Be the Boss

3 ways to lead and inspire like President George H. W. Bush

WASHINGTON - JANUARY 20: Former  U.S. President George H.W. Bush watches the inaugural parade from the Presidential reviewing stand in front of the White House January 20, 2005 in Washington, DC. His son, George W. Bush, was inaugurated for a second term earlier in the day.  (Photo by Jamie Squire/Getty Images)
Jamie Squire | Getty Images News | Getty Images
WASHINGTON - JANUARY 20: Former U.S. President George H.W. Bush watches the inaugural parade from the Presidential reviewing stand in front of the White House January 20, 2005 in Washington, DC. His son, George W. Bush, was inaugurated for a second term earlier in the day. (Photo by Jamie Squire/Getty Images)

Since his passing last week, the 41st President of the United States George H. W. Bush has been celebrated for his bravery and his service. The statesman has also been revered for his charisma and impact as a leader.

Here, gathered from memories and eulogies of the former President, are lessons in leadership from George H. W. Bush that can help anyone looking to inspire and unify a team.

1. Share the credit, take the blame

George H. W. Bush was generous with credit and selfish with blame, his son, George W. Bush, said of his late father in a eulogy Wednesday during a state funeral at the Washington National Cathedral.

"In victory, he shared credit. When he lost, he shouldered the blame," the 43rd President of the United States said of the 41st, according to a transcript of the eulogy.

Jon Meacham, Bush's friend and biographer agreed.

"His life code, as he said, was 'Tell the truth. Don't blame people. Be strong. Do your best. Try hard. Forgive. Stay the course,'" Meacham said according to a transcript of the speech.

2. Never underestimate the power of a simple, 'Thank you'

President H. W. Bush is famous for copiously writing thank you notes. In fact, his letters were the foundation for his own memoir, "All the Best, George Bush: My Life in Letters and Other Writings."

"There exist thousands of handwritten notes encouraging, or sympathizing, or thanking his friends and acquaintances," President George W. Bush said of his father on Wednesday.

As a column in the Washington Post says of the President H.W. Bush's frequent thank-you-note-writing: "Nothing was too small, too personal or too easily overlooked to merit a handwritten thank-you letter from George H. W. Bush, who died late Friday at 94."

Catherine Meyer, a digital strategist (and, full disclosure, a former colleague of this reporter), says she received a thank you note from the Former President in 1990 and the short note deeply touched her.

"A lot has been said in recent days about George H. W. Bush and his thank you notes. It reminded me of one I received from him when I was a lowly editorial assistant. It made me feel so appreciated," Meyer says along with a photo of the note on Facebook. "A thank you....from the President! I never forgot that small gesture. We could learn a lot about decency from how he lived his life."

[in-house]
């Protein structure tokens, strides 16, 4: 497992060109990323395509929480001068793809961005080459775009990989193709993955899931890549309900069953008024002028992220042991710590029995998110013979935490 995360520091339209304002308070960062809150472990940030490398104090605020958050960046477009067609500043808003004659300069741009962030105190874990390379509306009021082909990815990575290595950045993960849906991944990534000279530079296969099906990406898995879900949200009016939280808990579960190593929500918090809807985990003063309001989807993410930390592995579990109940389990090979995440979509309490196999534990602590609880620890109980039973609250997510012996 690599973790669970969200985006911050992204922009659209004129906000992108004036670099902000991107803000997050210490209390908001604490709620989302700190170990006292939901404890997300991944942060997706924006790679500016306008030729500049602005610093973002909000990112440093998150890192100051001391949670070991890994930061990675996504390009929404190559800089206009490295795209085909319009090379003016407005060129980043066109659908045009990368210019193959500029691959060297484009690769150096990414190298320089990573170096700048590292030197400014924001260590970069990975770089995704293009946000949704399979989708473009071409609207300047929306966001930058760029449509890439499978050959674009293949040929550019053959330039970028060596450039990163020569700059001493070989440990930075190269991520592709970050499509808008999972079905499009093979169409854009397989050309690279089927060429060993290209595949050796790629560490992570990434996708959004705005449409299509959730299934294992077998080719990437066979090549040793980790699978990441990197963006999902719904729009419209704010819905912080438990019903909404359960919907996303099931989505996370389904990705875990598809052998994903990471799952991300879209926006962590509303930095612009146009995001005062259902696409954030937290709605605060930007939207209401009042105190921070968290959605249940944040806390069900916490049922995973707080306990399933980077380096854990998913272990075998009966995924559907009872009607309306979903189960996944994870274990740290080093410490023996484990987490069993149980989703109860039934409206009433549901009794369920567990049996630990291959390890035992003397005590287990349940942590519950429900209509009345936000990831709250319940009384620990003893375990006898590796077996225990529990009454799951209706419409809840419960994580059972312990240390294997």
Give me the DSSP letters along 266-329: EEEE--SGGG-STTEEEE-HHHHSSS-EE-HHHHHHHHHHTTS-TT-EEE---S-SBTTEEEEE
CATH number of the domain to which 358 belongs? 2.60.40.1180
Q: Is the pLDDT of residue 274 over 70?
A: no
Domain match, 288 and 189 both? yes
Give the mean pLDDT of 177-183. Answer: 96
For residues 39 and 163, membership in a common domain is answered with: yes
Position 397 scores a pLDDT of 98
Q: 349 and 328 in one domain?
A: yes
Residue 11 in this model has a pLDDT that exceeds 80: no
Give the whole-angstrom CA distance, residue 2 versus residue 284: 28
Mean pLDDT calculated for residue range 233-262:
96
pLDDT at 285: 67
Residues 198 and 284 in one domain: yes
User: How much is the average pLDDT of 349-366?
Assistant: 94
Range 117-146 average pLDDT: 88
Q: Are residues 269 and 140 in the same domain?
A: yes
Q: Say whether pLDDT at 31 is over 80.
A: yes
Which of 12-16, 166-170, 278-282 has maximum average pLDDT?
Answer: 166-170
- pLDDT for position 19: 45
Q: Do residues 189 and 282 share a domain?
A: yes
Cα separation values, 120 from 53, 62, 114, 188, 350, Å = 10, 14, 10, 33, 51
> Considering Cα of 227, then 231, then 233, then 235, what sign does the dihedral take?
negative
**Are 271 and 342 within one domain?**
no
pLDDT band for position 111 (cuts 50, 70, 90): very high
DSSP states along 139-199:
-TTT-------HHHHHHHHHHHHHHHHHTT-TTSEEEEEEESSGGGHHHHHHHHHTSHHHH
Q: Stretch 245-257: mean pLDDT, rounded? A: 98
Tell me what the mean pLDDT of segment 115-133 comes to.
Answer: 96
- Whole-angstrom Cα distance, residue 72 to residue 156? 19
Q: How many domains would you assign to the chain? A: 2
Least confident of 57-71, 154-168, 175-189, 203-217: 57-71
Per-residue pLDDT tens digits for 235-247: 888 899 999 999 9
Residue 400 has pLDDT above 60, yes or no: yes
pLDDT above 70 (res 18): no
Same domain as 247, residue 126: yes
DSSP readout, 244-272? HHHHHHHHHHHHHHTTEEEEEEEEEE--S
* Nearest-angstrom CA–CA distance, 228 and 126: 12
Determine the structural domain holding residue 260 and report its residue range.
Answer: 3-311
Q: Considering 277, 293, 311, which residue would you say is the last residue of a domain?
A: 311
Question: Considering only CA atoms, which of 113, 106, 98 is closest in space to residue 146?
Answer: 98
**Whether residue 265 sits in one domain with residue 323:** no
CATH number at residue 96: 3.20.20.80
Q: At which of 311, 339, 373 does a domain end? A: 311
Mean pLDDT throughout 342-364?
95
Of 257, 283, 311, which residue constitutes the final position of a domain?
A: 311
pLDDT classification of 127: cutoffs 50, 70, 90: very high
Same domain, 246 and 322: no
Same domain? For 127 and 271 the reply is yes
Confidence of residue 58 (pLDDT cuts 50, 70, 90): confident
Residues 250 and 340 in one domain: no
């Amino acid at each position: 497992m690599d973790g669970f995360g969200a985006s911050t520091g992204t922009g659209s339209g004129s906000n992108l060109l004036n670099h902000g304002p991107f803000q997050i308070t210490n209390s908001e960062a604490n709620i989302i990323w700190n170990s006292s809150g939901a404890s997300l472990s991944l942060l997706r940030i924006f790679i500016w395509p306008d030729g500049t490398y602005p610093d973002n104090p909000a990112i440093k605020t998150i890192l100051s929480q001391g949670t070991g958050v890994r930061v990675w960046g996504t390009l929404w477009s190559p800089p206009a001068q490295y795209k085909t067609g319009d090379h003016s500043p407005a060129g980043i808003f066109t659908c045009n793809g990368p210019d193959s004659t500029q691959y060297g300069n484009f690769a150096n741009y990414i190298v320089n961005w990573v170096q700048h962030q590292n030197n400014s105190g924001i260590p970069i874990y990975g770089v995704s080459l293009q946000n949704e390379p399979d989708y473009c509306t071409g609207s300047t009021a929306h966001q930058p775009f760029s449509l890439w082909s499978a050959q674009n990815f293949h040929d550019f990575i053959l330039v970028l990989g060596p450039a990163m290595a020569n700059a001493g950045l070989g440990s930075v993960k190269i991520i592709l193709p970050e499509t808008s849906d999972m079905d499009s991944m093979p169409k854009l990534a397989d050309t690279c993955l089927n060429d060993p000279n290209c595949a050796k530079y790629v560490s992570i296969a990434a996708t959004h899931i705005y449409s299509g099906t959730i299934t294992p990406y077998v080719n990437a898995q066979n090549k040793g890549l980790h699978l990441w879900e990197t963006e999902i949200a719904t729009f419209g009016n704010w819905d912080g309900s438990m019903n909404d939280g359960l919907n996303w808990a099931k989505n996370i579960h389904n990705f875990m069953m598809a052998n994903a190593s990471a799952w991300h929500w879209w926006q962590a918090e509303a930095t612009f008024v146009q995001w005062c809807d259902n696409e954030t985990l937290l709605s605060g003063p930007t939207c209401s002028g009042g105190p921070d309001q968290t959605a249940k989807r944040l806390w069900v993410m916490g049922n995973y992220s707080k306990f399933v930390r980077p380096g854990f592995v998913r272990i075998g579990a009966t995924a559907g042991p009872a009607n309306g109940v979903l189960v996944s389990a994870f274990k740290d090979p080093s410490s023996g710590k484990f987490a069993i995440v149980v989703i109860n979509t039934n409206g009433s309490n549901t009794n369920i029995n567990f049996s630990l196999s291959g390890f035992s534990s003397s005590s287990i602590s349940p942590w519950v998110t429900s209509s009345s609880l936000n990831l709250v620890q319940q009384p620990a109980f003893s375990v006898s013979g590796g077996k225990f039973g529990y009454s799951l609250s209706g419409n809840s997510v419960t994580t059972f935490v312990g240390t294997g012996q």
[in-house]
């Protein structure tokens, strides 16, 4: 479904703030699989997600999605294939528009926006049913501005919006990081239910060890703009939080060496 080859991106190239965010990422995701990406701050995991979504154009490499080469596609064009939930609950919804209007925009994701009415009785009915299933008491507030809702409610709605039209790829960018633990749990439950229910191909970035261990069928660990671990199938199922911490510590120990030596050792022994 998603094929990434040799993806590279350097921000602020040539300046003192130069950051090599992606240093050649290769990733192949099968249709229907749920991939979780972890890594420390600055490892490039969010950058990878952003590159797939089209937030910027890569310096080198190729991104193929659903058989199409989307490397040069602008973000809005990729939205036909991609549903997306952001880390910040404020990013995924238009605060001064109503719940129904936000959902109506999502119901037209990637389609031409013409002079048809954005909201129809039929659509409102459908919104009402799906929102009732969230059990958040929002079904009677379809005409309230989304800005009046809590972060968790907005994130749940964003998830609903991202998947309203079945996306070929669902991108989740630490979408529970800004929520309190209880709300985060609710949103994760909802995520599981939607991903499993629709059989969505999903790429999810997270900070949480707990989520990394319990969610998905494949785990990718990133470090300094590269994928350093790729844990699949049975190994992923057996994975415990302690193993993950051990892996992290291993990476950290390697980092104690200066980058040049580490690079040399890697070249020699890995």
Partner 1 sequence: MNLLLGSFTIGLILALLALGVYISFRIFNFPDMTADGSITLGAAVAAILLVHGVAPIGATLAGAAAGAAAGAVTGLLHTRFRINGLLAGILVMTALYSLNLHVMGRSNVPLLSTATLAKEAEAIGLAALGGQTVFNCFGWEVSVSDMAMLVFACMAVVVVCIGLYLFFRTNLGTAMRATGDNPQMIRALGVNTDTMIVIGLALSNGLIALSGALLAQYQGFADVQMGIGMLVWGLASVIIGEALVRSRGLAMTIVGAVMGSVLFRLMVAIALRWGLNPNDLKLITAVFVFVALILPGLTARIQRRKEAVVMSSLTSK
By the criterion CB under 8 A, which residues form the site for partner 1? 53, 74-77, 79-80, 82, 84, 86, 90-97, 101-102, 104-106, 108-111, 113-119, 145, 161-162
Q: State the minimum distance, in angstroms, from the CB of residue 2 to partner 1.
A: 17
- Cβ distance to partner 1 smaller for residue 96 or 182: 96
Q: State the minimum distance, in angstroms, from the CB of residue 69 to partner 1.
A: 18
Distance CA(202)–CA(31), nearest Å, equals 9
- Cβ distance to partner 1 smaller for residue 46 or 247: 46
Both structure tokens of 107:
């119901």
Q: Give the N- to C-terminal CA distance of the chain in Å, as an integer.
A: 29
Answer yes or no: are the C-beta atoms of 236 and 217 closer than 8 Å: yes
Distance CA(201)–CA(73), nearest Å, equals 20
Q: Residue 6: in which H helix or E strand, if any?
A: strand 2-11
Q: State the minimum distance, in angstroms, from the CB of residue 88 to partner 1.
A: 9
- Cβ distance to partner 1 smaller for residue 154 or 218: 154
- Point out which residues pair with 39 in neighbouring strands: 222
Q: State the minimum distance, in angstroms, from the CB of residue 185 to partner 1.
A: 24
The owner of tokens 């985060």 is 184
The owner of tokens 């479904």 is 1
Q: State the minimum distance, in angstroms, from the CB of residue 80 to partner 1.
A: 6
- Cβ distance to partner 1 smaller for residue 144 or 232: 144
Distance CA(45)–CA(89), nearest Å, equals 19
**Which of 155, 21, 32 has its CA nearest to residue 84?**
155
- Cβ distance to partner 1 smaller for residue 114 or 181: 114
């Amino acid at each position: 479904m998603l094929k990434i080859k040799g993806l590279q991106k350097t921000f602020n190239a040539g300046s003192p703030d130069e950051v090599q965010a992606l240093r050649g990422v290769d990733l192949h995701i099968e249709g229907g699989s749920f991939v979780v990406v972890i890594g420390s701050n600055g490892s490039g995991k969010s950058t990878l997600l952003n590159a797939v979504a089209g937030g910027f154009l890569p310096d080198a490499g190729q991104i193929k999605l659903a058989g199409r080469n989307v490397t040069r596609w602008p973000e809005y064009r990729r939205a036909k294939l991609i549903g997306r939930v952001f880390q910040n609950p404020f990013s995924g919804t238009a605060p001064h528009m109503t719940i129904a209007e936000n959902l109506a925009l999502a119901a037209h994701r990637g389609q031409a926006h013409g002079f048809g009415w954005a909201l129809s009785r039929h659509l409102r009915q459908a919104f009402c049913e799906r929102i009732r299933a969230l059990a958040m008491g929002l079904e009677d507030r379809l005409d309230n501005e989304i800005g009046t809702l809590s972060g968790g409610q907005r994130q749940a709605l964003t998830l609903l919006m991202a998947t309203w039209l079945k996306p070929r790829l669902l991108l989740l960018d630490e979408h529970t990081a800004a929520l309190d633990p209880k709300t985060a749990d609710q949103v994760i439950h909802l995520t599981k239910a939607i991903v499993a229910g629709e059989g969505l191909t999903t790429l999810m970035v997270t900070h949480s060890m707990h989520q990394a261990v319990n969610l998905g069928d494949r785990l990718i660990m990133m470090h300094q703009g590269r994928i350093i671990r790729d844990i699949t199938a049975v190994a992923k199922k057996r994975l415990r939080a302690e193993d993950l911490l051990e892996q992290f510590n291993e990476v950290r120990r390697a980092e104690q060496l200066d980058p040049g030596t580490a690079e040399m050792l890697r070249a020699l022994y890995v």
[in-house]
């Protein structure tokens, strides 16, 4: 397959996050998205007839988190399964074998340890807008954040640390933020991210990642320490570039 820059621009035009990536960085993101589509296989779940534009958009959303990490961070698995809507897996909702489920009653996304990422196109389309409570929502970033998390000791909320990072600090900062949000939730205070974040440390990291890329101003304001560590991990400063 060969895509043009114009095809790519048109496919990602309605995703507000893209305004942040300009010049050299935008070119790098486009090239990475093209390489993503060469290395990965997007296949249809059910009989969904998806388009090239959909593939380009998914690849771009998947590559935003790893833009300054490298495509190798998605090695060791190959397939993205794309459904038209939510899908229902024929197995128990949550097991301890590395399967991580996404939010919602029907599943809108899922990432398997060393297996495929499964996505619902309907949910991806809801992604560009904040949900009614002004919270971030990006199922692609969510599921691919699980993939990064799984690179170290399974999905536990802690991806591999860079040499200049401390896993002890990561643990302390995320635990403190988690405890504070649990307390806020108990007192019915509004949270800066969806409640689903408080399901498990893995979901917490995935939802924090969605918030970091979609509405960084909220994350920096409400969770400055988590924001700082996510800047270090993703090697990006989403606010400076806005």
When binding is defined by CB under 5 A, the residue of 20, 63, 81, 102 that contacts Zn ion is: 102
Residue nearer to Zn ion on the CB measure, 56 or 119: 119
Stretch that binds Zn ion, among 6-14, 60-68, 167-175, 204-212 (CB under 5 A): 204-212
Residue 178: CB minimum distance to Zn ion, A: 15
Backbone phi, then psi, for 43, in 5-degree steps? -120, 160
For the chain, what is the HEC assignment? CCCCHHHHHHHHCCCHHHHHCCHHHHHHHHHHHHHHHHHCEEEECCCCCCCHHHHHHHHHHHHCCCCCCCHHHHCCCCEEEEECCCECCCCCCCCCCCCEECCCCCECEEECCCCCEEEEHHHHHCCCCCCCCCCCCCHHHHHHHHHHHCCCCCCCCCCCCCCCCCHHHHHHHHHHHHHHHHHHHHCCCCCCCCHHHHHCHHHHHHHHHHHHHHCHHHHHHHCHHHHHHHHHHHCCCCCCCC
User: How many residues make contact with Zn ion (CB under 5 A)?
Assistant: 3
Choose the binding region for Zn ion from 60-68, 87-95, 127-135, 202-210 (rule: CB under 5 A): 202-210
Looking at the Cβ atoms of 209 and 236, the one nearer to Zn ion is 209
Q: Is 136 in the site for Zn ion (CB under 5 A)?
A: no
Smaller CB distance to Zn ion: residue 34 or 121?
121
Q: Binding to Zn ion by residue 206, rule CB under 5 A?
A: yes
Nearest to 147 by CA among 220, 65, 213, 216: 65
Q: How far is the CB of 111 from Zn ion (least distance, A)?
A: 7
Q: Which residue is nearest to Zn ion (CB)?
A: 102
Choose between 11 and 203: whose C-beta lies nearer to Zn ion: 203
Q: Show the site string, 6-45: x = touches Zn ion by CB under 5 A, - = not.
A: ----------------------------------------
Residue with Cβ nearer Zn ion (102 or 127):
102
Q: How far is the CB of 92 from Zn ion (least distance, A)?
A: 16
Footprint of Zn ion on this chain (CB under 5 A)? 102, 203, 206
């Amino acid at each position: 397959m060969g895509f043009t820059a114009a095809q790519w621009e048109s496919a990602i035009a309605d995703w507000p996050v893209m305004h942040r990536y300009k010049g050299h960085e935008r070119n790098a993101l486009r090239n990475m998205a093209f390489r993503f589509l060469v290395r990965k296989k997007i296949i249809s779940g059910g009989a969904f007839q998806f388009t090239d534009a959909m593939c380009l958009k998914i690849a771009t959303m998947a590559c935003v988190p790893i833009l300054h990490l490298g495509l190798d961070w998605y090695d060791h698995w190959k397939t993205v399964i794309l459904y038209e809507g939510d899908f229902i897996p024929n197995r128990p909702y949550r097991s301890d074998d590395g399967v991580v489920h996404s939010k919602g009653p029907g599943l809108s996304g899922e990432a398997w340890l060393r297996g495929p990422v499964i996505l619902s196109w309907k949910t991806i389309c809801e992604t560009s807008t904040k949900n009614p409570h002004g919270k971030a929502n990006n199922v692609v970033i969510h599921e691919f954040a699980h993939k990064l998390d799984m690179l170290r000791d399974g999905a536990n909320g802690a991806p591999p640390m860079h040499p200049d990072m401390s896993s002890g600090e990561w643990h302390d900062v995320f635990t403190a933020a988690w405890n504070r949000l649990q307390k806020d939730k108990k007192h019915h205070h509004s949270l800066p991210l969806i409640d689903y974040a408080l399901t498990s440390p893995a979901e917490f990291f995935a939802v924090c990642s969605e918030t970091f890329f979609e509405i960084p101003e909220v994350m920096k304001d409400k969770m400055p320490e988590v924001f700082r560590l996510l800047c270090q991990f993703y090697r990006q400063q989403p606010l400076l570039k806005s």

The art of the thank-you is a soft skill good leaders have mastered. Google billionaire and former CEO and Chairman Eric Schmidt has stressed that leaders should not underestimate the value of this simple gesture.

"There's no simple formula for success, and there's no simple formula for being a great leader. It's a unique set of skills. But it is well understood that if you yell at people enough, they will quit, and if you're nice enough to them, they are less likely to quit," Schmidt says to Tyler Cowen on the "Conversations with Tyler " podcast.

Indeed, as a boss, saying thank you is savvy management, too. You are more likely to get more productive work from your employees if you remember those two words, Schmidt says.

"All of the great leaders I've worked with have not used enough praise, although they've dragged along people because of their unique skills and so forth. But it just seems to me that if you take a moment, and you add the preamble of 'Thank you' or 'I appreciate it,' or 'I recognize it,' people's hearts sing, and you get a lot more work out of them," Schmidt says.

3. Failure is part of the process

In his eulogy, President George W. Bush also recognized his father's tenacity when faced with tough challenges.

"He accepted that failure is part of living a full life, but taught us never to be defined by failure. He showed us how setbacks can strengthen," the 43rd President said Wednesday of his father, according to a transcript of the eulogy.

The organizational psychologist and top-rated Wharton professor Adam Grant has said resilience is the key to success.

"I don't think there's any skill more critical for success than resilience," Grant tells CNBC Make It. Grant co-wrote the book "Option B " about resilience with Facebook COO Sheryl Sandberg after her husband David Goldberg's sudden death in 2015.

"I think about resilience as the speed and strength of your response to adversity. So when you encounter a difficulty, a hardship, a challenge, how quickly and how effectively are you able to marshal strength and either overcome that challenge or persevere in the face of it?" Grant says.

To improve your own resilience in the face of setbacks, says Grant, get a clear handle on who your work is affecting and how. Also, keep a journal of your own contributions, Grant says.

"Pausing to take a little bit of time to reflect on those contributions that we make every day even once a week is enough to strengthen our ability to focus and to invest effort in what otherwise might be a difficult and stressful job," Grant says.

See also:

Adam Grant: Resilience is the secret to success. Here are 2 ways to improve yours

This is what Google learned after interviewing one job candidate 16 times, according to Eric Schmidt

Bill Gates has a brilliant but simple strategy for success — flip your thinking like this